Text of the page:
On Wednesday, Bill Cosby was charged with aggravated indecent assault, a first-degree felony.
The charge relates to a sexual assault alleged to have happened more than a decade ago. The 78-year-old comedian previously admitted under oath that he had sexual contact with the woman, as part of the lawsuit she filed claiming that Cosby drugged her and forced himself on her at his home near Philadelphia in 2004.
The woman, former Temple University employee Andrea Constand, reported the alleged assault in 2005.
A probable-cause affidavitreleased Wednesday details Constand's allegations.
When Constand first met Cosby, she was the director of operations for Temple's women's basketball team. They developed a friendship and Constand came to see Cosby as a mentor, according to the affidavit. He reportedly offered her career advice, introduced her to people, and invited her to events.
Several months after they met, Cosby allegedly invited Constand to his house for dinner. After dinner, she and Cosby were sitting on his sofa when he "without warning ... reached over and touched her pants, her waist, and her inner thigh," according to the affidavit.
She then got up to leave, and Cosby gave her a bottle of perfume, according to the affidavit.
"The victim was embarrassed by this encounter," the document states. "She never thought he would hit on her, especially since Cosby is much older than her father."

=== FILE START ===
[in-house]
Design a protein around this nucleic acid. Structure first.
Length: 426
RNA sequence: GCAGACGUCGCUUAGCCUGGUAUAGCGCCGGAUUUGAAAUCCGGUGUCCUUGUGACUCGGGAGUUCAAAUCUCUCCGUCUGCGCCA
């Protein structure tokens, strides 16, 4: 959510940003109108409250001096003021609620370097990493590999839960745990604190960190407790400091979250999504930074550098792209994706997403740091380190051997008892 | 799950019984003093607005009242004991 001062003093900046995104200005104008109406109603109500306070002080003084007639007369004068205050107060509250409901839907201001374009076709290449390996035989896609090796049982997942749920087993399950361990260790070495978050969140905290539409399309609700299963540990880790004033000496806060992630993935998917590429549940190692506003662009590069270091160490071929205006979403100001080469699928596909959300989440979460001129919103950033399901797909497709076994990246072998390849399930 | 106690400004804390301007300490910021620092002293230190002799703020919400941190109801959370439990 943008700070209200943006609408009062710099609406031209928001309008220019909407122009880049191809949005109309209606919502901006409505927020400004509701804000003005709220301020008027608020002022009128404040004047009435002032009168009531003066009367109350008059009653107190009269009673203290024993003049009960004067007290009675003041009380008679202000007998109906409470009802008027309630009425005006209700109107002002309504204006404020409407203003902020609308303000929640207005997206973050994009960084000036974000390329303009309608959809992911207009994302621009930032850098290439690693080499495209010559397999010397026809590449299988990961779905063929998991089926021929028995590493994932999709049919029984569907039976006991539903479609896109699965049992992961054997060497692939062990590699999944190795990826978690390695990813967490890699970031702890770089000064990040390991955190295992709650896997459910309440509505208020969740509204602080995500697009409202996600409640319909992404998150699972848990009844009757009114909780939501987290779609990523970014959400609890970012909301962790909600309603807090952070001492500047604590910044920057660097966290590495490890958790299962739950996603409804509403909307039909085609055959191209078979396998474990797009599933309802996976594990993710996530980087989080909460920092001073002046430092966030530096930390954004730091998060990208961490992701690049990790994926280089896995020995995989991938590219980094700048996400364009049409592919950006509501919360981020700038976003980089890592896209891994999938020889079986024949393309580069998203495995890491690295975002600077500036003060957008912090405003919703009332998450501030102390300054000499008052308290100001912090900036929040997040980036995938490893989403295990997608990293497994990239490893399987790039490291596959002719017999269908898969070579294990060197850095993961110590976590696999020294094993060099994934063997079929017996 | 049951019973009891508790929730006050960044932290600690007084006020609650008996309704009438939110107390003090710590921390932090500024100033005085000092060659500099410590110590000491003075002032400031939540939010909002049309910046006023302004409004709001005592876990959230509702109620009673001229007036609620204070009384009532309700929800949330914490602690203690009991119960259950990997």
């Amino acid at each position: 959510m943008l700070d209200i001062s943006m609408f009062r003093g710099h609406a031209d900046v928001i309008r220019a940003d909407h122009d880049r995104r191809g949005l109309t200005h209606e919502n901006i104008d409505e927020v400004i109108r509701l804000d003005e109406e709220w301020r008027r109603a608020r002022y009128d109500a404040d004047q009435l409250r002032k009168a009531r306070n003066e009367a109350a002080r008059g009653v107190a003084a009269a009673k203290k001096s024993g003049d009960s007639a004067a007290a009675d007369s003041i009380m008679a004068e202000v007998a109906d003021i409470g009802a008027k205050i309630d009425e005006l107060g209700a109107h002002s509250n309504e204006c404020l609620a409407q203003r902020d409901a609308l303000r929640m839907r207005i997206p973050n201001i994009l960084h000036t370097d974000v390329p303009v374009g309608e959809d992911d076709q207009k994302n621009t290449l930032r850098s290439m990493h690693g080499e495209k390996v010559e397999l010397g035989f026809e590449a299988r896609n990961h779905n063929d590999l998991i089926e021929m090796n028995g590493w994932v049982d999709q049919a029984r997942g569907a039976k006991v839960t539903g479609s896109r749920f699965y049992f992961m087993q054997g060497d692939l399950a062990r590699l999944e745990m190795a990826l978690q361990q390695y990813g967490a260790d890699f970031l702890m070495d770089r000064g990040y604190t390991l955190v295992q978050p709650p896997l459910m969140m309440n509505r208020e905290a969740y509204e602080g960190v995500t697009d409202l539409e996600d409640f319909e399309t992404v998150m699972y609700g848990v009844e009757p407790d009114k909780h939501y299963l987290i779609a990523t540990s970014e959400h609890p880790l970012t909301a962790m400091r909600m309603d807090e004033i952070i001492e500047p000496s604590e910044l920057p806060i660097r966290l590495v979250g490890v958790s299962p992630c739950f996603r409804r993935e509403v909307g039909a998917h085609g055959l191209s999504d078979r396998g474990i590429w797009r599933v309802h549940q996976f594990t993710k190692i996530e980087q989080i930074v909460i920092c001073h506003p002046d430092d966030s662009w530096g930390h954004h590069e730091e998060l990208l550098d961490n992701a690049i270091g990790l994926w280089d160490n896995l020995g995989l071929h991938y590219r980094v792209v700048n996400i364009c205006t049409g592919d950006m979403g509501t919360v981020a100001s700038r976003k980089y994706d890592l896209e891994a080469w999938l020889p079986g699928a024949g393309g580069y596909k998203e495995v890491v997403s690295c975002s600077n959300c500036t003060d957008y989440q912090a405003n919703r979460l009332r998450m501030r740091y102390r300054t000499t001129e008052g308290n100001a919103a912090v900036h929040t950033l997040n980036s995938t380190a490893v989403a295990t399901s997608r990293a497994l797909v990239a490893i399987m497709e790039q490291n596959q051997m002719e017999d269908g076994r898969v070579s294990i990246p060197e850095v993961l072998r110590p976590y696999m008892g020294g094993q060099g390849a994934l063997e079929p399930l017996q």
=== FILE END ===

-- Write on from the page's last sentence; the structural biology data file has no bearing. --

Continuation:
A second alleged incident occurred during another visit to Cosby's home. Constand reportedly drank a couple of glasses of wine and was talking to Cosby when "out of the blue," he "unbuttoned her pants and began touching her."
Constand "leaned forward to stop him," at which point he got up and went to his kitchen, the affidavit says. She left soon after.
Still, Constand continued socializing with Cosby. In early 2004, Cosby called Constand and invited her to his home to "talk about [Constand's] future career plans," according to the affidavit.
"Cosby added that no one else would be present and that she should dress in comfortable clothing," the document states.
When Constand got to Cosby's house, she reportedly confessed that she felt "drained" and he told her that he wanted her to relax.
"Within the next ten to fifteen minutes, Cosby went upstairs and the victim went to the bathroom," the affidavit states. "The victim told police that when Cosby returned from upstairs, he had three blue pills in his hand. Cosby urged her to take the pills, saying to her, '[t]hese will make you feel good.' The blue things will take the edge off.'"
Constand reportedly asked if the pills were herbal, and Cosby allegedly replied, "'Yes. Down them. Put 'em down. Put them in your mouth.'" Constand reportedly told Cosby that she trusted him, and then took the pills.
Here's how the rest of the incident played out, according to the affidavit:
Here is Cosby's version of events, according to the affidavit:
Constand's mother reportedly noticed a difference in her daughter the next time she returned home. Constand reportedly seemed isolated and suffered from nightmares. Eventually, in January 2005, Constand told her mother about the alleged assault. Her family then reported the incident to police in Canada, where her parents lived at the time.
Cosby eventually spoke to Constand's mother on the phone and admitted to the sexual contact, according to the affidavit. He reportedly offered to cover any therapy expenses. Cosby reportedly called Constand's mother again the next day and "expressed interest in assisting the victim financially with any educational goals."
We've reached out to a lawyer who has represented Cosby and will update this post with any response.